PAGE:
24/7 Jimmie Johnson: Race to Daytona
Original Air Date: Jan 26, 2010
Farrah Kaye – Associate Editor
If you’re not a NASCAR fan, I highly suggest you still watch this series (and if you are a fan, I suggest it even more!). It gives you insight to how hard the drivers, pit crew and members of the teams work to get to where they are. This specific series takes a look at four-time NASCAR Sprint Cup Champion Jimmie Johnson as he prepares for the most prestigious race in NASCAR, the Daytona 500. Johnson won the race in 2006, under a cloud of scrutiny (more about that later), yet while he has four Cup trophies, he wants another Daytona win. The four-part series will follow Johnson during media obligations, include a look into his personal life and interviews with members of his family team, including Crew Chief Chad Knaus and owner Rick Hendrick. Liev Schreiber narrates the series.
“The track. The clock. The wheel. Each is an evolution of the circle, each more ancient than the last. Together measuring one ageless pursuit of mankind: Speed. But velocity without a master will not win a race. A champion is asked to control speed from within, to bridge distance and time until all circles dissolve into one line, defining the finish. In under a decade, he has cemented a place in NASCAR history, his unprecedented four consecutive championships have built a dynasty. Jimmie Johnson stands alone as the best stock car driver in the world.”
With this introduction, narrated over dramatic views of a car and a track, we begin a look into the world of the No. 48 Lowe’s Chevy Impala and its driver, his family, team, crew, and owner. He is led by Crew Chief Chad Knaus, who is a perfectionist that Johnson trusts week in and week out. Johnson’s wife, Chandra, is also there by his side at all times. Johnson says he loves being the guy with the target on his back, which has obviously been working for him considering those four Cup trophies he has!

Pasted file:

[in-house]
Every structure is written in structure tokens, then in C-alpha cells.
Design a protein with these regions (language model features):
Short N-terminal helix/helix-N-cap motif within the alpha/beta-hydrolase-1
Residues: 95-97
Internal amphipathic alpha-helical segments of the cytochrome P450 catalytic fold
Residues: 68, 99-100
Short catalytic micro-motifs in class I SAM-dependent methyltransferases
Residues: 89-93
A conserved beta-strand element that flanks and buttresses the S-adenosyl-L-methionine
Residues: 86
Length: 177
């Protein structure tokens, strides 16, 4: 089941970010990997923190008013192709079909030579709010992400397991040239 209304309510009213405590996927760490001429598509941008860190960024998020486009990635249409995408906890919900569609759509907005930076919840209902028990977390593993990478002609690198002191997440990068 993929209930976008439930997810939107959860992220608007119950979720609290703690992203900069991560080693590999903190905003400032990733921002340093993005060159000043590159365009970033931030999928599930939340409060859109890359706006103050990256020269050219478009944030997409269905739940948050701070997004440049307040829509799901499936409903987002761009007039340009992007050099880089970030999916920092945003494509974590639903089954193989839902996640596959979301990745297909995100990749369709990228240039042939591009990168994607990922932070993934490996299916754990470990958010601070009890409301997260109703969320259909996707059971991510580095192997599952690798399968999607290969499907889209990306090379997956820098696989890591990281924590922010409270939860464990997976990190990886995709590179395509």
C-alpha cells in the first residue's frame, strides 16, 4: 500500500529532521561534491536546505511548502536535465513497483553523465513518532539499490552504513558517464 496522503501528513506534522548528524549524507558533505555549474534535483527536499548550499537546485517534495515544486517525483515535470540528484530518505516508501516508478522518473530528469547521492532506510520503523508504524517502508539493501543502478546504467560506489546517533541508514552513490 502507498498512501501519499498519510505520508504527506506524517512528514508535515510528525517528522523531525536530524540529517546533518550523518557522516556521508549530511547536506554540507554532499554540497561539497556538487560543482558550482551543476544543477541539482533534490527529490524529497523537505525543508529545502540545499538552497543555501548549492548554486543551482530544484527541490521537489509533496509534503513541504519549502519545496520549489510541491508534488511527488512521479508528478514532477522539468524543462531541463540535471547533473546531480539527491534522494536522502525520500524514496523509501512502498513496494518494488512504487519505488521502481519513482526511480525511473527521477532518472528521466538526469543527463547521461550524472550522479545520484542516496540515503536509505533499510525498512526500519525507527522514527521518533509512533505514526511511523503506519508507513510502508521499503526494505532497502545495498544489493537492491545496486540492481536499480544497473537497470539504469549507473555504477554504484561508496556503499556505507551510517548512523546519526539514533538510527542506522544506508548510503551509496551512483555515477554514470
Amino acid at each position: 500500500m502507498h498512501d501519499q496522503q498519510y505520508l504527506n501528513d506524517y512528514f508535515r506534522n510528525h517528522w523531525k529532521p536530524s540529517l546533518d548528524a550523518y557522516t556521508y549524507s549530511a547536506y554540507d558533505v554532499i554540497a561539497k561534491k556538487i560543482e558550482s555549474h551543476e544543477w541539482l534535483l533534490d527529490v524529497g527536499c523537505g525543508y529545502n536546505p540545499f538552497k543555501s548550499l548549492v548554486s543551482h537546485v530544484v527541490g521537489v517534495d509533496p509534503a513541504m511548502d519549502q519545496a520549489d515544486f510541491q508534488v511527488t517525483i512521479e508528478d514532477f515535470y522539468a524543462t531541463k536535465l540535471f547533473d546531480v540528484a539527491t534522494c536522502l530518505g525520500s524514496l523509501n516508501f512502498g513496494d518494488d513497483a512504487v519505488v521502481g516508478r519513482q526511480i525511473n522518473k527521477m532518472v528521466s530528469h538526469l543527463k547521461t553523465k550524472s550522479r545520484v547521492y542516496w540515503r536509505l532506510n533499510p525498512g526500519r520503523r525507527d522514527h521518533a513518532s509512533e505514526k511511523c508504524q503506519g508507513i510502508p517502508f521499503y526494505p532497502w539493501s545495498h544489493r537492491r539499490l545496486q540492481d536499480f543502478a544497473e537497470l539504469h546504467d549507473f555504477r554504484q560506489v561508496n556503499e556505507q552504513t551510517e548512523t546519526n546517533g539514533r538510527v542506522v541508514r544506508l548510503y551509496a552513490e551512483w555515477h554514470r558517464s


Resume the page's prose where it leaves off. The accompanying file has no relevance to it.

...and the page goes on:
We are introduced to Johnson during his morning routine of shaving, making a protein shake and driving around in his car. He talks about growing up being cleaned and polished, which is why he’s known around NASCAR as “vanilla” and “boring.” He may be, but he can surely drive a car, earning himself 47 victories and $52 million in purse earnings. In 2009, he was honored by the Associated Press with the title of Athlete of the Year. However, this caused controversy since most people in the sports world (and non-sports world) don’t consider NASCAR drivers athletes – and that pisses off Johnson. To show they are, our first glimpse into the seriousness of their athleticism is showing the strict drug-testing drivers go through. Thanks HBO for showing me Jimmie Johnson’s pee in a cup. I could’ve lived without that! We then switch to Chad Knaus, who says if he isn’t working in racing, he doesn’t know what he would do – it’s all he knows. He leaves his house at 5:48 AM, something of an omen, as the 48 car is going for a 5th championship. He is heading to a test track with Johnson to prepare for the season. Knaus explains the science behind finding speed and how when they finally do, it “jazzes” them up. But there are rules and regulations to follow, and in 2006 Knaus was suspended after the 48 car failed post-race inspection. The following week Johnson won the Daytona 500 while Knaus watched at home. That “cheating” stigma still sticks with Knaus today. Years ago, many years ago, everyone “cheated” to get the win. But then rules came along, and with rules come consequences. Knaus says if you have a black and white rulebook, you have to find the space in between. He stands by everything he’s done and says nothing was illegal and that pretty much every crew chief has been caught “cheating.” But then again, they’re not the 48 car.